As we move towards providing real-time performance analytics to our leadership to help drive better IT decisions, it is imperative that we begin to standardize processes around how we manage Agile projects.
This “SDLC” provides guidance to the entire TSD division on how the division operates in an “agile” environment. It covers the overall development lifecycle as well as standard operating proceedures for dealing with common issues that projects managers new to Agile Scrum tend to encounter.
It is an important objective of this guidance to be Agile in its own manner. This guidance is open to feedback and will be revised as our organization matures in its ability to manage agile projects.
|Product Owner||The individual on the Scrum team who serves as the voice of the customer, and who has the authority to make decisions about the product or project being delivered. Owns the backlog.|
|ScrumMaster||Team leader responsible to help the team communicate and collaborate, to protect the team, to remove impediments, to mature the team, to coordinate outside the team, and to guide the team in following agile practices and principles.|
|User Story||A system requirement written from the point of view of the user or customer. Typically follows the format: “As a
|Epic User Story||An Epic User Story is a requirement that is so large, that it must be broken down into smaller chunks that can be completed in a single sprint.|
|Initiative||An initiative is a grouping of features or User Stories that are planned out in releases. This can be roughly equated to a BCR or Business Capability Request.|
|Release||A deployable software package that is usually the culmination of several iteration cycles of incremental deliverables, and/or those iterations as a group. A release can be internal or external.|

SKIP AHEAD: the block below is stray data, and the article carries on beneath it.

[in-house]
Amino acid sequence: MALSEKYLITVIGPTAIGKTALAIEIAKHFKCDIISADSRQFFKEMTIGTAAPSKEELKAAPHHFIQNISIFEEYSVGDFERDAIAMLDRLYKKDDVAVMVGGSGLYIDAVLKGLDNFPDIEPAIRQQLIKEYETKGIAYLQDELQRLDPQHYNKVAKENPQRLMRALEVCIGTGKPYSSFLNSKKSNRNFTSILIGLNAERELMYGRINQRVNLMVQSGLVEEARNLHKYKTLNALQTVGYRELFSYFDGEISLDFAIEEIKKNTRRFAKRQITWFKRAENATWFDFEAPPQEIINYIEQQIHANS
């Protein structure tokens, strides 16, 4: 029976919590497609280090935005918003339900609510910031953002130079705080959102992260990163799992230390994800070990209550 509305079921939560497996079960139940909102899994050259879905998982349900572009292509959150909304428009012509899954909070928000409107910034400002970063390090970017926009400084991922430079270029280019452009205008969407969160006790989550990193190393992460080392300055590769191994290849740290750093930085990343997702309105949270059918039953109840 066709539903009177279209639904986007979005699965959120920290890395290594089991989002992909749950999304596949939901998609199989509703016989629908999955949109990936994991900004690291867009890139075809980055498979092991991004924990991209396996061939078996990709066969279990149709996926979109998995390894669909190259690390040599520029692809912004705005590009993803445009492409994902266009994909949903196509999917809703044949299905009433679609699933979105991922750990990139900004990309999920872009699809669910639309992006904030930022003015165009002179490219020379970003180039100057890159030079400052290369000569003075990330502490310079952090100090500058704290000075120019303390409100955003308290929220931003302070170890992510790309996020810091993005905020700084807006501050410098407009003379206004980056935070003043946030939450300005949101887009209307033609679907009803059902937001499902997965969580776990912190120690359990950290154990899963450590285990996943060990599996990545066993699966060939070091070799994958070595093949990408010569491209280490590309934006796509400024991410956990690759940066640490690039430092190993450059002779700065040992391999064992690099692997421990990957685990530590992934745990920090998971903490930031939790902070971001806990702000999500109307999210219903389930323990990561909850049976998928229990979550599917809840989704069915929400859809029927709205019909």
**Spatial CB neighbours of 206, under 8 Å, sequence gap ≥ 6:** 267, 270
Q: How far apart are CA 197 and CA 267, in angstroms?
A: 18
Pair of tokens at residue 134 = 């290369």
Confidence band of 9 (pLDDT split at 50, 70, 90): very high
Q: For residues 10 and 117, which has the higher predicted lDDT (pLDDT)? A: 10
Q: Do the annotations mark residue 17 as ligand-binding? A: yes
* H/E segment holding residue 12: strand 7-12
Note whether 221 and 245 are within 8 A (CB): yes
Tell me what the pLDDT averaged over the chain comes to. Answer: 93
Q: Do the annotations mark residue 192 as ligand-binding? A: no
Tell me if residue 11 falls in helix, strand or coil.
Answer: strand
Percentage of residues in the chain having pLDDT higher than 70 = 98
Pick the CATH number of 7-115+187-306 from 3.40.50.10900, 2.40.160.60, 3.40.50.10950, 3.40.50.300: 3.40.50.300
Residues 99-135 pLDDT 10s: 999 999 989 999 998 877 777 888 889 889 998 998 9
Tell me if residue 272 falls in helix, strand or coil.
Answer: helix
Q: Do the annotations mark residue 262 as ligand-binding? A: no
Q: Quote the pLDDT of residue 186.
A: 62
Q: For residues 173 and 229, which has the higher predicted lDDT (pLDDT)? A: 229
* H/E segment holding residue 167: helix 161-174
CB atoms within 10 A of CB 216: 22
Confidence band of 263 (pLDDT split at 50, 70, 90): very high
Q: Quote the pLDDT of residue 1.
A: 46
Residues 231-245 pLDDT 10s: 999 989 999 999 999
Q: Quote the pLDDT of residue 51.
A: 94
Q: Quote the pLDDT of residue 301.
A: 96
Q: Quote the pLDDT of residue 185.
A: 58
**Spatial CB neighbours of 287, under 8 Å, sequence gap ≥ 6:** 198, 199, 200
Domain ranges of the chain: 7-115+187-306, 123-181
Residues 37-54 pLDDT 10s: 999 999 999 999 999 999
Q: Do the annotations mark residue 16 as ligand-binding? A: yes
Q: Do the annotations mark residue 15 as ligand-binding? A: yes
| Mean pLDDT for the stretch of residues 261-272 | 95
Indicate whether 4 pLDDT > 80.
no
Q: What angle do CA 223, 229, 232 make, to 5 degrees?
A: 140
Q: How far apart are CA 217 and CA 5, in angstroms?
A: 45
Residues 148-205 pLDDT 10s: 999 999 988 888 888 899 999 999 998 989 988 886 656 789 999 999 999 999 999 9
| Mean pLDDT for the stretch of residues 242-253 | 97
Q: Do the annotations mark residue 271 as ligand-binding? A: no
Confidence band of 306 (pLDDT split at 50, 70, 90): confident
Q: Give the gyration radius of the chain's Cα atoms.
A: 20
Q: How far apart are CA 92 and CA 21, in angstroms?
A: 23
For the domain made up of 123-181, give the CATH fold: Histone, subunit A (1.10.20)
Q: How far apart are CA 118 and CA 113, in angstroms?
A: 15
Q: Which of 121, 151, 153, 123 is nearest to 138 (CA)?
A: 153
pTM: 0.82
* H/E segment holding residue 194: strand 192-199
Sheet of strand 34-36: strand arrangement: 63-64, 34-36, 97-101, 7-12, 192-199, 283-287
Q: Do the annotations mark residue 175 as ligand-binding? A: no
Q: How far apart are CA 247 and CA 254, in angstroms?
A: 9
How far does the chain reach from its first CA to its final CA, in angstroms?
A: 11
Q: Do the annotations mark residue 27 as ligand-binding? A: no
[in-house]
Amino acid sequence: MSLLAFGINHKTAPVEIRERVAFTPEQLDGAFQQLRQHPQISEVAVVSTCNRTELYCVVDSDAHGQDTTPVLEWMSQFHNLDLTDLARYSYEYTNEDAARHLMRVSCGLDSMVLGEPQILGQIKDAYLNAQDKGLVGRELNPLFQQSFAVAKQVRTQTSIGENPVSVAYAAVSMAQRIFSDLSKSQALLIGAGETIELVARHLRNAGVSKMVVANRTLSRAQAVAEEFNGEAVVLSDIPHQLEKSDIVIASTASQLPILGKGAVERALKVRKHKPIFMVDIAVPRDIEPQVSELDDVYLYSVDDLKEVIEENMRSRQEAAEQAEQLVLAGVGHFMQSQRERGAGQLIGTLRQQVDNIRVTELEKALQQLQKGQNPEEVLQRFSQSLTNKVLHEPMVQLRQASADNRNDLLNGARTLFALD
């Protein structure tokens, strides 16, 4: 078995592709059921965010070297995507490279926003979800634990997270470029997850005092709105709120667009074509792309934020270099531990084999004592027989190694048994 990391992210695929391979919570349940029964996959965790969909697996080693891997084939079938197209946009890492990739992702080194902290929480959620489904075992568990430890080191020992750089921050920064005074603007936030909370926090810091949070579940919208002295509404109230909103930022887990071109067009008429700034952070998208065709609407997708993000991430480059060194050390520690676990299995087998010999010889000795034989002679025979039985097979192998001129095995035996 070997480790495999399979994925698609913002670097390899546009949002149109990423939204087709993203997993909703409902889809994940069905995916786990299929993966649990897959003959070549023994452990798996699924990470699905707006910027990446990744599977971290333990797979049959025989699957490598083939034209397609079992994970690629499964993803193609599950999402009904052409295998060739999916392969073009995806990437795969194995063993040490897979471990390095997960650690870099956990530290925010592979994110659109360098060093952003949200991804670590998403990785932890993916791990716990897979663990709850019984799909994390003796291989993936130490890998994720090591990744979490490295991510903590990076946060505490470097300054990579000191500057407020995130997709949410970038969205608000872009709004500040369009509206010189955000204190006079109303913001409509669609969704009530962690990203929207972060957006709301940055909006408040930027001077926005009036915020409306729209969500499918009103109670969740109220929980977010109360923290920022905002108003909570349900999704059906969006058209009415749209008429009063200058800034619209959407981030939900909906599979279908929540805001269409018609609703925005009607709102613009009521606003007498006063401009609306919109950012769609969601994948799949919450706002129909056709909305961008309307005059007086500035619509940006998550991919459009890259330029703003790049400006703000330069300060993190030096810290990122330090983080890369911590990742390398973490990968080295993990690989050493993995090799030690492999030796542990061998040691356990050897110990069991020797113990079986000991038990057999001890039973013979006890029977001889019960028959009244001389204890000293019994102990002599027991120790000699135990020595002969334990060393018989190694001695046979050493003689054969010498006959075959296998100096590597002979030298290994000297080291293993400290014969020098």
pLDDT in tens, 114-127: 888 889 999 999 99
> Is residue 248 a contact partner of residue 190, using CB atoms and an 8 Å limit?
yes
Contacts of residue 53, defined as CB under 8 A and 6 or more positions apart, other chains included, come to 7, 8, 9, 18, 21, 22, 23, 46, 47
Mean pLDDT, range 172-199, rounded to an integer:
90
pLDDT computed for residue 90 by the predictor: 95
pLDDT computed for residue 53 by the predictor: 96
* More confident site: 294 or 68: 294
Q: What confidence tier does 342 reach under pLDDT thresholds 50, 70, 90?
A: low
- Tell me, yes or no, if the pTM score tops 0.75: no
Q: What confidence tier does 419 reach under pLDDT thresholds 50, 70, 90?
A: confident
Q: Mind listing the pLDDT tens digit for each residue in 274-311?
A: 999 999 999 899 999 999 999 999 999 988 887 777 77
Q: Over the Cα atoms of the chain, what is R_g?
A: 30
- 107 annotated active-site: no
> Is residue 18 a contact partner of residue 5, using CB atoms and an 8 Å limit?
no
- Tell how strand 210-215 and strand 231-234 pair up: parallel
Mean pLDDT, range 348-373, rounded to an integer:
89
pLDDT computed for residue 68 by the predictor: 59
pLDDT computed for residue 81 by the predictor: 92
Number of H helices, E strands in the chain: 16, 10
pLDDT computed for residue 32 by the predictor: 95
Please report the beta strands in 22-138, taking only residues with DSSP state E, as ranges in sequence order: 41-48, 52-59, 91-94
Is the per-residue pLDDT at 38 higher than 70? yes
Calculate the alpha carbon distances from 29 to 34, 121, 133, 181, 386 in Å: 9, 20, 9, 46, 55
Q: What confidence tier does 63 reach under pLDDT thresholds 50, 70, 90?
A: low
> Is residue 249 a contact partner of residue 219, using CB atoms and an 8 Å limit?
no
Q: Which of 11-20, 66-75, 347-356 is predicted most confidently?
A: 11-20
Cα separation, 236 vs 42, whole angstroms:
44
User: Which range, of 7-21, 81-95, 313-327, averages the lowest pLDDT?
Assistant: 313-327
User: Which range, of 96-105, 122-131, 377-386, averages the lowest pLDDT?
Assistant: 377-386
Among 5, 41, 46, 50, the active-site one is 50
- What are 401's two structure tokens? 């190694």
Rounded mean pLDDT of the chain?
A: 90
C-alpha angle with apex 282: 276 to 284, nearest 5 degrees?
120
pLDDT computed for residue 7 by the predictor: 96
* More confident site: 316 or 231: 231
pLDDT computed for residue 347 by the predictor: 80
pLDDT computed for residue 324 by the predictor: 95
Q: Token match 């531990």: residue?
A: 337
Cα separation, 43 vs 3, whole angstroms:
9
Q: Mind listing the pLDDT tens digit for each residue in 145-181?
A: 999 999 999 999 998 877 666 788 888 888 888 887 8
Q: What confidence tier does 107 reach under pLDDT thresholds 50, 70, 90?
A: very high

|Sprint / Iteration||Block of time, typically one to four weeks long, in which a team plans, implements, and delivers a set of functionality.|
All TSD DM&E Projects that are utilizing the Agile SCRUM development methodology must create an Agile SCRUM Charter that is approved by a TSD Division Branch Chief. The Charter is an extremely important document for all agile teams and serves as the basis for how the entire project is run.
Note: Work with your Supervisor
Your Agile Scrum Team Charter must be approved by a TSD Division Branch Chief. First and foremost, the charter is a tool for the Scrum team to define the most basic elements of how the team will organize. This is extremely important for teams that are new to the agile process and may not be familiar with all of the basic concepts like sprint cadence and definition of done. The charter also assists leadership in understanding expected team velocity and capacity.
Lastly, the charter serves as a basis of understanding between the Product Owner and scrum team. This is extremely important for having a common understanding of User Acceptance Testing (UAT), as it is the number one contributor to work-in-progress loops, and blockers.
The Scrum team charter includes the following:
INPUT: Backlog / Business Requirements Document (BRD)
OUPUT: Product Owner Approved Release Plan
Performed at the beginning of the Release cycle, Product Owners work with the Scrum team to determine Initiatives and Features to be released.